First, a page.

Racial/ethnic disparities in exercise and dietary behaviors of middle-aged and older adults.
- Author(s): August, Kristin J
- Sorkin, Dara H
- et al.
Published Web Locationhttps://doi.org/10.1007/s11606-010-1514-7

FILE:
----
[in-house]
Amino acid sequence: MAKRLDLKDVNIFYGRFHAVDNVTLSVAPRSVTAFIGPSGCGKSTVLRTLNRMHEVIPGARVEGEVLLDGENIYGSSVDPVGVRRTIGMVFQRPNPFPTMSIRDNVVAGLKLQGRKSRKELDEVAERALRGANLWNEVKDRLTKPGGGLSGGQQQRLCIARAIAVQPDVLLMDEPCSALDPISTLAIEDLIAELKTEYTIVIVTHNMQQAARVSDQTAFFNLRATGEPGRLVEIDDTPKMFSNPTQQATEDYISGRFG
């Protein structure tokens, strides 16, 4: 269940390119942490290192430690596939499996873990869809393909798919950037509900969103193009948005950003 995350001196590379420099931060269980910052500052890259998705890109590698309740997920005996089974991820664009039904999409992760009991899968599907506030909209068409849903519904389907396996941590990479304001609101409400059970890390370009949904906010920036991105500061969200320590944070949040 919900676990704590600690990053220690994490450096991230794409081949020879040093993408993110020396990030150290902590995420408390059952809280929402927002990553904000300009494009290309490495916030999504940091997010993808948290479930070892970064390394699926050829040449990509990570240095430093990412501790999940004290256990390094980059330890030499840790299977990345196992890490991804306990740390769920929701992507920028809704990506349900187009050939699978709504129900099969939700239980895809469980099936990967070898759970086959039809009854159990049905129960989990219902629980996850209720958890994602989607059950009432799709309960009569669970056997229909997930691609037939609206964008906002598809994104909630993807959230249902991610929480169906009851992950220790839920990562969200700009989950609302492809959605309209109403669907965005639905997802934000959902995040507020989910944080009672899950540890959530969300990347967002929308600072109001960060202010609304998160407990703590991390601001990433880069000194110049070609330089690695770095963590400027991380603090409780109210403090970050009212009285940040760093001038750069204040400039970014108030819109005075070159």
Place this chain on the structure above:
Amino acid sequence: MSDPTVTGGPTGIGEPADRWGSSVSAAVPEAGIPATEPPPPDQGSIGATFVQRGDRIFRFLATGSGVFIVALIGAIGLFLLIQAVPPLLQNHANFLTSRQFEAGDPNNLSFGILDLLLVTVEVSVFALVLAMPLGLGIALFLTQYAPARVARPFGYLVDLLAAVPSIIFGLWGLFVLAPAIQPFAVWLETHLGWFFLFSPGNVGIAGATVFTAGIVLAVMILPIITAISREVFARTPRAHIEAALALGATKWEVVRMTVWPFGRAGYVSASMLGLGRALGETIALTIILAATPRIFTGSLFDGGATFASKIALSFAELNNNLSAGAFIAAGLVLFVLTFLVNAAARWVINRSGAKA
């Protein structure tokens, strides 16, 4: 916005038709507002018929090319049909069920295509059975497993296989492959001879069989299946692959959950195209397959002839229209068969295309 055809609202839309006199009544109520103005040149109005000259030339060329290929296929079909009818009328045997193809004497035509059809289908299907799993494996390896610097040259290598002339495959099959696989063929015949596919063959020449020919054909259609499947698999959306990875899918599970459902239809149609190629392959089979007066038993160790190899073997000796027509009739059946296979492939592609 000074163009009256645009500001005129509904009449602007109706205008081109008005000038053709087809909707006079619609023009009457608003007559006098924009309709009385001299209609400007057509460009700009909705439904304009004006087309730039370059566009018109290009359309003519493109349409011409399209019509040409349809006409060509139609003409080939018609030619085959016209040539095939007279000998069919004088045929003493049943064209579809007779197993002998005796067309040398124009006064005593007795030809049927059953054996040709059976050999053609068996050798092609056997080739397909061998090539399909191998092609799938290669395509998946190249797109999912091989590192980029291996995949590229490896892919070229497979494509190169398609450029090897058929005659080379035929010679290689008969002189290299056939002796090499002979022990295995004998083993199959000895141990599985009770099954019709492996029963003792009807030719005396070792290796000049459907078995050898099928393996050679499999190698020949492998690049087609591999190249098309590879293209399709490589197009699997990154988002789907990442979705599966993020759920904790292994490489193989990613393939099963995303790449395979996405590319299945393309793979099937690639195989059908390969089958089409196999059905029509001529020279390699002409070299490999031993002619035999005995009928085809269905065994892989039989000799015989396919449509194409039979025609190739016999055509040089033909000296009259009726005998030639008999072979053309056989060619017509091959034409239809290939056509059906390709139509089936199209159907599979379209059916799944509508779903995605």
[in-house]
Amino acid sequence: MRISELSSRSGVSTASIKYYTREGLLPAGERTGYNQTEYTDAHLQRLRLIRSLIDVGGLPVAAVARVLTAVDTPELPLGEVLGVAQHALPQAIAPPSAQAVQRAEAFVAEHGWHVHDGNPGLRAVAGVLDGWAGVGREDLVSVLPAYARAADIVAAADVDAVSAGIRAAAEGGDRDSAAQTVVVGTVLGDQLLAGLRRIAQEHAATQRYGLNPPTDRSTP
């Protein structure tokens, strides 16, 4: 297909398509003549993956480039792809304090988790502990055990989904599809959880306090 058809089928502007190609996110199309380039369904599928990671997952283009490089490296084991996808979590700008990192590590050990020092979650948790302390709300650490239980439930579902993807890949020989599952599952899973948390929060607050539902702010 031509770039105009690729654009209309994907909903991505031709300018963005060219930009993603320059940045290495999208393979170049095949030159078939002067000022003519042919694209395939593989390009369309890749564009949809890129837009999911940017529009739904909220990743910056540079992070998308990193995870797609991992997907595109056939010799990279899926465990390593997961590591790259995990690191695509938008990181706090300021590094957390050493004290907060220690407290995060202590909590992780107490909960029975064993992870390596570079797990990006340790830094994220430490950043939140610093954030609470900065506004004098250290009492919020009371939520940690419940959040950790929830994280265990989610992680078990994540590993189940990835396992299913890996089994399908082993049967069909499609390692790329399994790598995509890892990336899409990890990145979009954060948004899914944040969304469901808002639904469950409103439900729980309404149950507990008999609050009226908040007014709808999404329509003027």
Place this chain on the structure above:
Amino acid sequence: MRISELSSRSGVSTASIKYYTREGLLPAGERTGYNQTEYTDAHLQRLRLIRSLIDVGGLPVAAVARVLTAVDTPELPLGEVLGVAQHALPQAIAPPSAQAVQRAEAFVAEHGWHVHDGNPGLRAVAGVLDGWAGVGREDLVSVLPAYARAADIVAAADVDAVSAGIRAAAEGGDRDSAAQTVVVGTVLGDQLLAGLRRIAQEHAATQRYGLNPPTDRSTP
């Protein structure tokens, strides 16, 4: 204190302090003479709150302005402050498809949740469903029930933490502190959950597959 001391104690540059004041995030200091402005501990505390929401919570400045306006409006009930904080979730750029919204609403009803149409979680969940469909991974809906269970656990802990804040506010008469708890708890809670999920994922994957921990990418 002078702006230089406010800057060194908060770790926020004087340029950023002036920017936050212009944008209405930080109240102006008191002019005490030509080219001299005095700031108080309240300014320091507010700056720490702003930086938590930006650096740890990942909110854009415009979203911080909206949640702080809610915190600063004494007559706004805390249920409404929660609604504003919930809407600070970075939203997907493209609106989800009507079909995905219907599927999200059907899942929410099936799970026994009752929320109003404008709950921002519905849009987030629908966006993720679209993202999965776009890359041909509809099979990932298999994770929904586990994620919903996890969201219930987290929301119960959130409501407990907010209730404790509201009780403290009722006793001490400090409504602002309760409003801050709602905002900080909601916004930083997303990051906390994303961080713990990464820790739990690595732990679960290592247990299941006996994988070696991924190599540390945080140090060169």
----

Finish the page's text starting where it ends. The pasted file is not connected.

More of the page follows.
Differences in health behaviors may be important contributors to racial/ethnic disparities in the health status of adults. Studies to date have not compared whether there are health behavior differences in exercise and dietary behaviors among middle-age and older adults in the four largest racial/ethnic categories.To investigate racial/ethnic differences in exercise and dietary behaviors of middle-aged and older adults.We used data from the 2007 California Health Interview Survey. Multivariable logistic regression was used to examine interactions between age and race/ethnicity in predicting two categories of health behaviors. Analyses were conducted adjusting for sociodemographic characteristics, health insurance status, and healthcare utilization.A population-based sample of 33,189 California adults 45 years old and older: 26,522 non-Hispanic whites, 1,686 African American/blacks, 2,565 Asian/Pacific Islanders (1,741 English-proficient; 824 limited English-proficient), and 2,416 Latinos (1,538 English-proficient; 878 limited English-proficient).Self-report leisure-time physical activity (moderate and vigorous) and daily consumption of fruits and vegetables.Racial/ethnic minorities generally engaged in less healthy exercise and dietary behaviors than whites, with differences more pronounced in middle adulthood. The disparities were the greatest among English-proficient minorities. Specifically, among middle-aged respondents, all racial/ethnic minorities engaged in less vigorous physical activity than whites (ORs range = 0.28 to 0.73; 95% CI range = 0.16-1.00). Additionally, middle-aged, English-proficient minorities engaged in less moderate physical activity compared to whites (ORs range =0.57 to 0.67; 95% CI range = 0.45-0.79). Furthermore, middle-aged, English-proficient Latinos had a poorer diet than whites (OR = 0.54; 0.39-0.75). Few significant racial/ethnic differences emerged in the exercise and dietary behaviors of older adults.Racial/ethnic disparities in exercise and dietary behaviors are most notable among middle-aged, acculturated minorities. Results highlight the need to promote positive exercise and dietary behaviors during critical preventive ages, when racial/ethnic disparities are large and the potential to prevent chronic disease is great.